From the moment they can see, feel, smell and hear, your baby is learning. What can you do to help the process along and make sure your baby is getting just the right stimulation? Toptots Early Learning offers these wonderful tips.
At this age babies can’t grab or move toys around so their experience is through sight, touch and sound. Although mobiles will attract your baby’s attention they do get bored looking at the same thing each day, so choose one with interchangeable items or put a mirror where they can see it whilst on their tummy – great for looking at “the other baby” and developing neck muscles. Different rattles with different sounds also help to stimulate hearing, whilst at the same time making baby try and turn sideways to see where the sound’s coming from.
Home-made ideas for the 0 – 3 month old:
Encouraging babies to stay on their tummies isn’t easy but by half filling a 2 litre plastic bottle with water, adding some food colouring, glitter confetti, tinsel or anything brightly coloured and then sealing the lid with nail varnish, you will have a great new toy. This toy will keep baby amused for some time but also be helping to strengthen those neck muscles whilst he is on his tummy.
They’ve discovered their hands which, when covered with bright socks or a wrist rattle, can be great fun. They need different textures to try and grasp, so use soft toys and squeaker toys making a noise for them to reach for. Hold things in different positions for them, encouraging hand eye coordination and strengthening muscles. And don’t forget the old favourite – blowing bubbles which helps strengthen tiny eye muscles.
Home-made ideas for the 4 – 7 month old:
A helium balloon, filled with some rice and tied onto your baby’s foot not only makes a great noise but will encourage kicking. Please remember that balloons and their strings are a choking hazard, so if the balloon pops, please discard the pieces immediately.
Now baby is sitting and enjoying toys that he can manipulate. Babies love putting things in and out of containers and finding hidden objects. Cardboard, cloth or vinyl books with different textures make great toys as well for this age group. Who doesn’t remember the joy of a simple ball? Give baby balls of different shapes and sizes, soft and hard, even spiky, then roll the ball back and forth between you – learning to share starts with mum and dad.
Large blocks are also a win as baby knocks down the tower you built, teaching them about cause and effect. Although they may not be able to completely master knob puzzles, they will be able to take the pieces out, which is a great fine motor skill.
Although the thought of musical instruments may sound daunting a xylophone is great for learning different notes and associating them with different keys to develop good listening skills.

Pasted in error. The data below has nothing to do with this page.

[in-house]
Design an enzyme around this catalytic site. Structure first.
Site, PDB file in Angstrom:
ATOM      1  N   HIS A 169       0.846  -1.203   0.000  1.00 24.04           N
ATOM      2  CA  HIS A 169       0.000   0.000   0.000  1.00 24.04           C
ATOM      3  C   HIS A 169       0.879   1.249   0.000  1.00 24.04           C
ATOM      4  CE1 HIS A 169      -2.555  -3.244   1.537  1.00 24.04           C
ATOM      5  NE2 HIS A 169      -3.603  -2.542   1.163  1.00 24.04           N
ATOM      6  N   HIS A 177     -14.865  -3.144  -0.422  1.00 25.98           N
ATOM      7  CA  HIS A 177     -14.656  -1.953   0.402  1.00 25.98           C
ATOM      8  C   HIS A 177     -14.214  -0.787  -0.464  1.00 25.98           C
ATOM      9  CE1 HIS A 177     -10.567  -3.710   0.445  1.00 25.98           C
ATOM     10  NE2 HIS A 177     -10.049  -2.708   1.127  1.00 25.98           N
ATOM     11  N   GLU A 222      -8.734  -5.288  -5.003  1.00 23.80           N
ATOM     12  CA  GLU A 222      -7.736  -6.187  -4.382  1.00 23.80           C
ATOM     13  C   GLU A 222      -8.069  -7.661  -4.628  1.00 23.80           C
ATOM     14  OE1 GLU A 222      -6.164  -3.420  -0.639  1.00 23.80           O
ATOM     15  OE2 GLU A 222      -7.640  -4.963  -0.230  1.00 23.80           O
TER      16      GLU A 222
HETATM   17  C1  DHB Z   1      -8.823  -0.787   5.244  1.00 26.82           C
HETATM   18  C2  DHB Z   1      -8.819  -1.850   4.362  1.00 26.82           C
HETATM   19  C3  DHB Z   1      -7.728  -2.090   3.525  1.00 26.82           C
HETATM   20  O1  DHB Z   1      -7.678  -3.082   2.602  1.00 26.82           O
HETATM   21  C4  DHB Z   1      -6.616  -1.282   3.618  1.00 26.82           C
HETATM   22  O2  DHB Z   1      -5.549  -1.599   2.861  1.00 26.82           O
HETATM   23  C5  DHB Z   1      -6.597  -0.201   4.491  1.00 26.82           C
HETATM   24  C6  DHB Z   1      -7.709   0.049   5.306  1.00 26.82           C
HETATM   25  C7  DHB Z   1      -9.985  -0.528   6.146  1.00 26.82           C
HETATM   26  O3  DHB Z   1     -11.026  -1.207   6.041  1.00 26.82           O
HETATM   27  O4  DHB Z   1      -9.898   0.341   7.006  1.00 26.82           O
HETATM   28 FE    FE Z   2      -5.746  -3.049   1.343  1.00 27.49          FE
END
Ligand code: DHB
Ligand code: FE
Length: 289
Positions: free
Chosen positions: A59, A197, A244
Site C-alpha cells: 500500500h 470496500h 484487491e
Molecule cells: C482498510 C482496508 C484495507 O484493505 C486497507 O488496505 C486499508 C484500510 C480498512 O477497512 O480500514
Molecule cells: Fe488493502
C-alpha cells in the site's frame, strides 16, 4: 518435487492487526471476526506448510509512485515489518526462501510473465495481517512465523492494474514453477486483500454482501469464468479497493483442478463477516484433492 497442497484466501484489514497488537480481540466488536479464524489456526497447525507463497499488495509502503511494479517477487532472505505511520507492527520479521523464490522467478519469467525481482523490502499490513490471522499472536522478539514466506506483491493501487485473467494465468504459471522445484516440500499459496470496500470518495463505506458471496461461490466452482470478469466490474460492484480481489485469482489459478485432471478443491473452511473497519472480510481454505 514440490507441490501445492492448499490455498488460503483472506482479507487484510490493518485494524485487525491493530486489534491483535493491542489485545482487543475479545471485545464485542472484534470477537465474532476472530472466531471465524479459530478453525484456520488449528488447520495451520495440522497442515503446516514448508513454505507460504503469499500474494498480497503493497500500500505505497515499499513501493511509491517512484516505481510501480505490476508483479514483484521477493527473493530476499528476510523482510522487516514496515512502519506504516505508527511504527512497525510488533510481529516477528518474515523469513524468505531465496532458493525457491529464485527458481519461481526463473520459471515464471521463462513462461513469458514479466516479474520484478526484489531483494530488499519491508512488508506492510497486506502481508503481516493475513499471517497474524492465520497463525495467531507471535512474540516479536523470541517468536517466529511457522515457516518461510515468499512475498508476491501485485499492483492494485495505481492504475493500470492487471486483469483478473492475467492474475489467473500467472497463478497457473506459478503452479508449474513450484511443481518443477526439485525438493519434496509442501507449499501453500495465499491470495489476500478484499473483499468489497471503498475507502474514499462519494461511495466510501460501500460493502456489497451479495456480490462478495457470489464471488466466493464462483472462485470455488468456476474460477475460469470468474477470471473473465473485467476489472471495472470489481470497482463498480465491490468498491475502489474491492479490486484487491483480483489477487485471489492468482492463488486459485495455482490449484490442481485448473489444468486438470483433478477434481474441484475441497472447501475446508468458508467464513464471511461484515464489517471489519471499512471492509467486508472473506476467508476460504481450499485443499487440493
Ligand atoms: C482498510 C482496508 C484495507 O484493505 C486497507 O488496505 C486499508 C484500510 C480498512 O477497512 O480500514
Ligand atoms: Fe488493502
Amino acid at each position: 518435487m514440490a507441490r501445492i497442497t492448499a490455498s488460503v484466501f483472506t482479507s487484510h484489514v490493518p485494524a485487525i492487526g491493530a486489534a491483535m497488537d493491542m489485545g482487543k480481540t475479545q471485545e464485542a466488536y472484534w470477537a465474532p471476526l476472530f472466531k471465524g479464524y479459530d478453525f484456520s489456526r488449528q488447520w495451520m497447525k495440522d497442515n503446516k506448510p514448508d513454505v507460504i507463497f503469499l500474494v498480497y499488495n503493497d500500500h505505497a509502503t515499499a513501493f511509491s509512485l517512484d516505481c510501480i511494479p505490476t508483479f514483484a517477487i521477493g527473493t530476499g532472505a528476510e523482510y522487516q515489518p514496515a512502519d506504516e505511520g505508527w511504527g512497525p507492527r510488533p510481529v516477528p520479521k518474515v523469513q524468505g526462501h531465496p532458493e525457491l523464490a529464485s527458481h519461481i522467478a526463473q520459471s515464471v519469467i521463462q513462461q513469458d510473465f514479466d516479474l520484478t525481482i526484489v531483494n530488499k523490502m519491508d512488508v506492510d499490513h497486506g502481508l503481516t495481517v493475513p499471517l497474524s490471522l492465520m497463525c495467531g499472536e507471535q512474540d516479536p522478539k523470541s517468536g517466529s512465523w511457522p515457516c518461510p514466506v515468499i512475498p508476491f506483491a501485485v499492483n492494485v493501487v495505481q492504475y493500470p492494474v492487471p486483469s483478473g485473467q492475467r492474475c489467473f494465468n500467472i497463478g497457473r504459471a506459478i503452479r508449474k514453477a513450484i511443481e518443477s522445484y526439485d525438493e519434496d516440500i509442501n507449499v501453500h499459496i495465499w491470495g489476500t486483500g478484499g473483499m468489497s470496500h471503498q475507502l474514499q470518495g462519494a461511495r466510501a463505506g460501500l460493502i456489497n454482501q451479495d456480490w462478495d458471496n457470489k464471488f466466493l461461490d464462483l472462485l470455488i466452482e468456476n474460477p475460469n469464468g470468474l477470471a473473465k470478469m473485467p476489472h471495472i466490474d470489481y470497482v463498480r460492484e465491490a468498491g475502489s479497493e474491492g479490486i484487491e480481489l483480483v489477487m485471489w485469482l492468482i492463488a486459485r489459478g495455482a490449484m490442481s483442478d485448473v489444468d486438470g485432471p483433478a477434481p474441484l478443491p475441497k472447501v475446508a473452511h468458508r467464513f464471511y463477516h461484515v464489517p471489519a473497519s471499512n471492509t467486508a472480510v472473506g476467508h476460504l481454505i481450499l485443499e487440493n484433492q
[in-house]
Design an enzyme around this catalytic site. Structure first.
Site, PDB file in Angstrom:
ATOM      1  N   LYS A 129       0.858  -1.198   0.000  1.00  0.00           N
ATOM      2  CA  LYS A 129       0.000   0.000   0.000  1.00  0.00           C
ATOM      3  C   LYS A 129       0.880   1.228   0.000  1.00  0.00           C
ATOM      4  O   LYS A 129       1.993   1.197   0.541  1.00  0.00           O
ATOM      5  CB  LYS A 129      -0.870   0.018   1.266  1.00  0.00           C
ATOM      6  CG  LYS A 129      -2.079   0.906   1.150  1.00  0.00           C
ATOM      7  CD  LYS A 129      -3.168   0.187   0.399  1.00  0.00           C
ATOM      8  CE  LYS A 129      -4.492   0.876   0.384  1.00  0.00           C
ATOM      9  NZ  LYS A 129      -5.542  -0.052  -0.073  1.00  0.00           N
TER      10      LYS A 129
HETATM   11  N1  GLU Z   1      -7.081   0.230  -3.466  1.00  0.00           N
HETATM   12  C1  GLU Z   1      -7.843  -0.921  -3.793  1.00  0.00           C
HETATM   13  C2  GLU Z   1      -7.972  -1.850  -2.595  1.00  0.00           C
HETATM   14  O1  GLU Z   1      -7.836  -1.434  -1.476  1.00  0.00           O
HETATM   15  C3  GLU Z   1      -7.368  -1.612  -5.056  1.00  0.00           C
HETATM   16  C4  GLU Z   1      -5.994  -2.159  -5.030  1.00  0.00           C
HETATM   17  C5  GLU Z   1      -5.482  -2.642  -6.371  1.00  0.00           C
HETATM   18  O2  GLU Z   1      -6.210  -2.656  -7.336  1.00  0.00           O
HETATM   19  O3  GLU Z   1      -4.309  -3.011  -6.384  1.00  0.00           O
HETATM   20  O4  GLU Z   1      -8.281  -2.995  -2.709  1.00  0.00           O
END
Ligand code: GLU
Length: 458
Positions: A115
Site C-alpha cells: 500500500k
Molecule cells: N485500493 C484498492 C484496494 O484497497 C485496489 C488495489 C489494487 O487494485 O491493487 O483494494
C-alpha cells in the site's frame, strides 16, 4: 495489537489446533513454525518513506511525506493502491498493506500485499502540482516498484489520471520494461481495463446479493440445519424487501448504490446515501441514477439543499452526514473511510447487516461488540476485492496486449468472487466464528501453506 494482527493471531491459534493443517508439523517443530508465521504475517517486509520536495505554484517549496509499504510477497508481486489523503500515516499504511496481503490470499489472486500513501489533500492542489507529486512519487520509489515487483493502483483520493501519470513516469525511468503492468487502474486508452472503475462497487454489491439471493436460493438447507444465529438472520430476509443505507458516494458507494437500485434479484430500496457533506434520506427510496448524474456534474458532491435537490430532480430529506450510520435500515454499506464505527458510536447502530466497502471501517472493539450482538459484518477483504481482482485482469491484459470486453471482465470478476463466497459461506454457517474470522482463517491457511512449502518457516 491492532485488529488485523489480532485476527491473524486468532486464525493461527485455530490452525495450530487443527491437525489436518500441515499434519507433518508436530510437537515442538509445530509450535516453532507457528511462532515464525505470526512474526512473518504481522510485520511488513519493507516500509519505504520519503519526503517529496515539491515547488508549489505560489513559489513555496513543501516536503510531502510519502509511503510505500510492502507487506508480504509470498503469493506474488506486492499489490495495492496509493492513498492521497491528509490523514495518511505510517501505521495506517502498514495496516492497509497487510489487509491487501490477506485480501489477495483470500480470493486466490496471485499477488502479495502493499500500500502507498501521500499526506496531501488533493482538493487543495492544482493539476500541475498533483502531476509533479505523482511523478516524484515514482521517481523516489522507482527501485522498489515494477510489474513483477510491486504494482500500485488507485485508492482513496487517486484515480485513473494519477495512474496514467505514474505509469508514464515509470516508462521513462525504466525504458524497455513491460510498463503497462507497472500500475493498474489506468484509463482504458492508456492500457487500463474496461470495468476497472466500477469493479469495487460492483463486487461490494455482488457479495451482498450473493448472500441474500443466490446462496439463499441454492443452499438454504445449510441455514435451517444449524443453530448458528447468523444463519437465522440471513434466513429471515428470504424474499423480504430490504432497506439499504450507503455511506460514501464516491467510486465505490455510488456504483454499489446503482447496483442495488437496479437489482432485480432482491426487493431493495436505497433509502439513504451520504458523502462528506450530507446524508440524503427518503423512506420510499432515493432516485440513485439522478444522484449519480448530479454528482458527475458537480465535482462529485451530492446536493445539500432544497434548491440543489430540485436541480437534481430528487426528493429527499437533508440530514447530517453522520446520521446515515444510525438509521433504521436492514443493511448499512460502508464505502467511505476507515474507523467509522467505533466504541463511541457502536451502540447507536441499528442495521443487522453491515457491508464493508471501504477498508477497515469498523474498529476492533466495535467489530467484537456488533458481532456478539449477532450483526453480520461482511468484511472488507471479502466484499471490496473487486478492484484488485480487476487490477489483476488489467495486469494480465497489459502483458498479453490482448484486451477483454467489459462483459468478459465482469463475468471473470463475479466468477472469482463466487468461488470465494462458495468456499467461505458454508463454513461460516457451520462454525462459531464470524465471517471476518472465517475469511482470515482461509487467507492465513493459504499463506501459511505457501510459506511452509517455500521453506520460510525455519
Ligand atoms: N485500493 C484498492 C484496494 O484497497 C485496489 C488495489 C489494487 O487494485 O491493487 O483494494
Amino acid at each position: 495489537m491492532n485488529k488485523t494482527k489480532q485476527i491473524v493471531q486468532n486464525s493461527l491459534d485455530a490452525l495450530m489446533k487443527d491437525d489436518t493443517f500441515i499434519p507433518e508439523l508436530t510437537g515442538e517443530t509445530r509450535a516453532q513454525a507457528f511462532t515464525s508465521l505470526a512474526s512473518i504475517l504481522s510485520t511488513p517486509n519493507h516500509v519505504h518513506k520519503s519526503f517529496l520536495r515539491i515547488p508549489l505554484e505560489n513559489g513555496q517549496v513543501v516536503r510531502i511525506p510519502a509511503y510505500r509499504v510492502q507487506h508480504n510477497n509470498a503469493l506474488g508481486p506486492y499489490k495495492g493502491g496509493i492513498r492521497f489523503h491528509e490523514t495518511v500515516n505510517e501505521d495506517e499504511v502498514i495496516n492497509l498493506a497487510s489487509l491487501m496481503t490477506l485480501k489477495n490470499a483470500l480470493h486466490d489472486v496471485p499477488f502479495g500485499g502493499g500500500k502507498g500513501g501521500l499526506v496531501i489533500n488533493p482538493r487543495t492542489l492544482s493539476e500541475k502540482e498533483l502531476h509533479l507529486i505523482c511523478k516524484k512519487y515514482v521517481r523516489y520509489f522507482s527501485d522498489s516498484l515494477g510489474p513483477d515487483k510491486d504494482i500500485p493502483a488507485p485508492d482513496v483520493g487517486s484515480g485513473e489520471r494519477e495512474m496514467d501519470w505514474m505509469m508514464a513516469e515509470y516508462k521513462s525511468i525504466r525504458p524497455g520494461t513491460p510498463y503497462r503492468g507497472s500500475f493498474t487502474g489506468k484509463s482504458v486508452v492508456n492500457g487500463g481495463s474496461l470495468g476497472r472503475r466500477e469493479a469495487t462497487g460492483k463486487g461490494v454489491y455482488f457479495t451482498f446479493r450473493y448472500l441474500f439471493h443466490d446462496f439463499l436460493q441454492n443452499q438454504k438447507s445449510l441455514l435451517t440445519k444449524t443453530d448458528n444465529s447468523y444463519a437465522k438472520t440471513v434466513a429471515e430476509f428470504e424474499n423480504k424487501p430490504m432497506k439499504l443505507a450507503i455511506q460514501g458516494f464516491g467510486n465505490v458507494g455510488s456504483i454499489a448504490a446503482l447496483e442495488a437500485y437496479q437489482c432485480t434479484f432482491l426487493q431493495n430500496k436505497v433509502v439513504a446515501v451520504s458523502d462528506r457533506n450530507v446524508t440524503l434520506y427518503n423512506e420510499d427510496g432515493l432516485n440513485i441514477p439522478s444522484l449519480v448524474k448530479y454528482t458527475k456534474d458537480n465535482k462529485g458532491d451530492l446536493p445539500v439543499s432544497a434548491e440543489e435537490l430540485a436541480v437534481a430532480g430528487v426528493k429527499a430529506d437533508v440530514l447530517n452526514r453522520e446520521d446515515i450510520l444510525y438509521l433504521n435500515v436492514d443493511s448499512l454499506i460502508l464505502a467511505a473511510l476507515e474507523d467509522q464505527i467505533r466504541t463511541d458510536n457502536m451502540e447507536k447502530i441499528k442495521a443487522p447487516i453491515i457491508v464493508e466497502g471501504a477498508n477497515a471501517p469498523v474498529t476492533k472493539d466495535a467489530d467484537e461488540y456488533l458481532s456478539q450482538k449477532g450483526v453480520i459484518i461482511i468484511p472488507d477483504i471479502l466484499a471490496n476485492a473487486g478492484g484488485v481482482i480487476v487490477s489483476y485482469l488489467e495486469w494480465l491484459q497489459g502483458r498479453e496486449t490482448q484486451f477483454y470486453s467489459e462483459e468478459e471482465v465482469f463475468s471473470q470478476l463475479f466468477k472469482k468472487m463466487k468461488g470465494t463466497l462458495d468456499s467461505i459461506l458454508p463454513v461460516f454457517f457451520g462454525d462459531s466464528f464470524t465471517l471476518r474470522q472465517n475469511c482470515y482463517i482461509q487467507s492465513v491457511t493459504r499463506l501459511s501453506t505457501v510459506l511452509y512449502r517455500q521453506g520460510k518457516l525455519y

Home-made ideas for the 8 – 12 month old:
Give baby half a cup of frozen peas to play with. By picking them up one by one they’ll learn fine motor coordination and to eat by themselves. Become a magician with a cardboard paper towel tube by posting items down one end and to baby’s amazement showing how they come out the other end!
13 months – 2 years:
At this stage they’re up and about, following you around, imitating your movements and looking for things to challenge their manipulatory abilities. They’re starting to talk and understand a lot more than they can say. Reading, maybe even the same story over and over, is a great source of joy for babies at this stage. Reading aloud to children stimulates their interest, their emotional development and their imagination. Remember readers are not born, they are made!
Stacking rings and nesting beakers help dexterity and spatial visualisation, teaching them about size. Push and pull toys, carts with rigid handles to load and unload are great and sorting buckets with basic shapes will teach shape recognition, encouraging hand eye coordination.
This is also the time to encourage imagination. Tea sets for boys and girls, dolls, brooms and mops. Babies don’t know about gender and it’s important not to stereotype them at this age. They see daddy making coffee and want to play with a tea set or dad holding a baby and want to imitate that as well. Boys with sisters get the chance to experiment with dolls but generally we don’t buy dolls for our sons – whereas we wouldn’t think twice about buying a car for our daughter…
Tunnels make wonderful birthday gifts bringing hours of fun to the mobile toddler and wooden blocks, as against plastic interlocking ones, take a lot of manipulation whilst learning to stack them.
Home-made ideas for the 13 – 24 month old:
Using an old formula tin, cut a circular hole in the lid, add some practice golf balls with holes in and you’ve got a shape sorter. Then try squares and triangles, varying the shapes as they get older.
3 – 5 years:
A child of this age is testing his independence, control of language and learning new skills every day. They need to be watched constantly as they have no sense of caution or fear. Dressing up clothes encourages imagination. Paint, play dough, stamping and stickers are great creative hits at this age.
Puzzles, preferably to match their interests, like trucks maybe, will encourage them to build it. Playing and sharing activities is important now so make sure there’s ample play dates. Dolls houses and garages are wonderful gifts amusing them for hours on end. A love of nature, collecting bugs and looking at butterflies and animals can be encouraged with books.
Home-made ideas for the 3 – 5 year old:
Don’t forget to re-enact nursery rhymes like Humpty Dumpty and all the other old favourites. Nursery rhymes are like stories for children – only they are shorter and can be learnt by rote. Nursery rhymes help to bring this genre of reading to a child in a fun and enlightening way.